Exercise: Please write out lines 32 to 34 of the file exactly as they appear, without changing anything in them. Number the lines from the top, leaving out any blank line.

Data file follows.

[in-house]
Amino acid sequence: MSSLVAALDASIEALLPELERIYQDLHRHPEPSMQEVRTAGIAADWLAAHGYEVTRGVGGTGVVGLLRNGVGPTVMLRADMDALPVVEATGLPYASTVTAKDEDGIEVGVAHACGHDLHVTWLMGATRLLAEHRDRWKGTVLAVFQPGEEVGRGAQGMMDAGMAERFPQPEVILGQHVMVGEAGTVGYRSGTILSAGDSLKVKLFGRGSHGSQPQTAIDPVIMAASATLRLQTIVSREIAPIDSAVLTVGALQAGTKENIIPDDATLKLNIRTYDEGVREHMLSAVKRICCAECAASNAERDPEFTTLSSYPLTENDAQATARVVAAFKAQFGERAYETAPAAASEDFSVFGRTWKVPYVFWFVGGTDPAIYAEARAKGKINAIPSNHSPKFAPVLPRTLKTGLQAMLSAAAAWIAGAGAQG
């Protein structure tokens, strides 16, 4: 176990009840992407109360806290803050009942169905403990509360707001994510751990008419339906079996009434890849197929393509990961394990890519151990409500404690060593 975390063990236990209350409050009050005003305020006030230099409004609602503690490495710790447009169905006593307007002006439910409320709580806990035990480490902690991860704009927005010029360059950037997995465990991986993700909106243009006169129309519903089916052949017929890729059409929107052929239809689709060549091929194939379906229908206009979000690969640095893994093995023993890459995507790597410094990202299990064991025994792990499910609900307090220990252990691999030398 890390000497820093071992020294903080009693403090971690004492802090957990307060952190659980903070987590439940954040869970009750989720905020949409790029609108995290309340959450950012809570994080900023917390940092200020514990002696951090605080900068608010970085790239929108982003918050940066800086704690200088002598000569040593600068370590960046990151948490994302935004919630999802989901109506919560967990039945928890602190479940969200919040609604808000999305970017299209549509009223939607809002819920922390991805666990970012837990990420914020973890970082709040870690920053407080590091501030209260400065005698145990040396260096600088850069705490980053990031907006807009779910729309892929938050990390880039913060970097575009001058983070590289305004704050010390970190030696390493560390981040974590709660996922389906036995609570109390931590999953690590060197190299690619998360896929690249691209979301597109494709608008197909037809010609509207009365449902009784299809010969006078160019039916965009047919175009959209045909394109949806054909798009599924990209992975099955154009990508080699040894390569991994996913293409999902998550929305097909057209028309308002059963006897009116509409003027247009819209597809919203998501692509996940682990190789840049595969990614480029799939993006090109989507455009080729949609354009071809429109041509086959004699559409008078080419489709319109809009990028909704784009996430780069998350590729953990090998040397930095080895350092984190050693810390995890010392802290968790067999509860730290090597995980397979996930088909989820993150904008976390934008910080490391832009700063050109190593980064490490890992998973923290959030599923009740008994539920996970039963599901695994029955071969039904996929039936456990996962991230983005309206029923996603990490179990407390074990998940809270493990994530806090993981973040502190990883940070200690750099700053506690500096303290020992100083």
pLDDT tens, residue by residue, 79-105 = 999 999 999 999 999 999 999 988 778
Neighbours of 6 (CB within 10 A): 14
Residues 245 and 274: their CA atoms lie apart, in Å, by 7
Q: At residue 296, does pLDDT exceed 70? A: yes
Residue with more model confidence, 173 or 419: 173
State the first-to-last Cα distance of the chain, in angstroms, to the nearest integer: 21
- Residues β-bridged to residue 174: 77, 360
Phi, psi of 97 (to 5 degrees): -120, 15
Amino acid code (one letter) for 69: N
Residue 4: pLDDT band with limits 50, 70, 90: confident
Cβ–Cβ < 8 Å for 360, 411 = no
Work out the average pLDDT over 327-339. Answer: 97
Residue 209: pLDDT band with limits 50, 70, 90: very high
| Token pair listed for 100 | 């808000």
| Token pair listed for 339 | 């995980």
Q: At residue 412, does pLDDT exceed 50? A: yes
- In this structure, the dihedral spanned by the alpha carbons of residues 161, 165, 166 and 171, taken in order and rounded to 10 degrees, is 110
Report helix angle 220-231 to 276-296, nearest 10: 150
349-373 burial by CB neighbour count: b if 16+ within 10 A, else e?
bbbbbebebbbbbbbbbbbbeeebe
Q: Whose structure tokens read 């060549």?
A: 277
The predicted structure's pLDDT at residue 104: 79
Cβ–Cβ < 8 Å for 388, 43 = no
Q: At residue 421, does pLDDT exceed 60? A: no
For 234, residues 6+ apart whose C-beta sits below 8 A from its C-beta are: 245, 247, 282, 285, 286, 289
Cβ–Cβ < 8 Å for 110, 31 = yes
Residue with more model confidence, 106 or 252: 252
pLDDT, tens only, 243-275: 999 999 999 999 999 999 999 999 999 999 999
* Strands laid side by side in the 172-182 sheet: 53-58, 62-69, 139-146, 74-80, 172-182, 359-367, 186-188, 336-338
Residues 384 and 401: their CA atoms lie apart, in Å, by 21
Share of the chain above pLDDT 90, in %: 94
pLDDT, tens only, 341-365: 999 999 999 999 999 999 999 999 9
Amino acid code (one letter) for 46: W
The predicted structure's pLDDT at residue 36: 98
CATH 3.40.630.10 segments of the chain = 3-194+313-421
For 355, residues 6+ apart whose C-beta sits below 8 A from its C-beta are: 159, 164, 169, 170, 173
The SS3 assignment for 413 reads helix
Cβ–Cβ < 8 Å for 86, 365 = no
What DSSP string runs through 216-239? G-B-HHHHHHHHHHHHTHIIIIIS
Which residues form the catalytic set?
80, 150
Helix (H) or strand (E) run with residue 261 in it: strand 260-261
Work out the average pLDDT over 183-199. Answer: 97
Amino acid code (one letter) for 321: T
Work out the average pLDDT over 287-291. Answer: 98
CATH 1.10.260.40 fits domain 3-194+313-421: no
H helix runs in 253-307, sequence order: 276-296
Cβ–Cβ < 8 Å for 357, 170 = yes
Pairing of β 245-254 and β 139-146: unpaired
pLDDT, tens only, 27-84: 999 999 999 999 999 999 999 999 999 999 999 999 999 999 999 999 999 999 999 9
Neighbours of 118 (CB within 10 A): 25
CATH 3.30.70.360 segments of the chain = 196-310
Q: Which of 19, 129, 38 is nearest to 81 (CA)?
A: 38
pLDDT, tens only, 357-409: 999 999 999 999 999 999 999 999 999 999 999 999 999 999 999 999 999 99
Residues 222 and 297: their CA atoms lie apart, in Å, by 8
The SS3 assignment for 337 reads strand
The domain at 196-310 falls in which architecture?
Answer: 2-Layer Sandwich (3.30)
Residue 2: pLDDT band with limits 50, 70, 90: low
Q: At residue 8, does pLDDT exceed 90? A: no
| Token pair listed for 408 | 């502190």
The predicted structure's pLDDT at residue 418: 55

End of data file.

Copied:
pLDDT, tens only, 243-275: 999 999 999 999 999 999 999 999 999 999 999
* Strands laid side by side in the 172-182 sheet: 53-58, 62-69, 139-146, 74-80, 172-182, 359-367, 186-188, 336-338
Residues 384 and 401: their CA atoms lie apart, in Å, by 21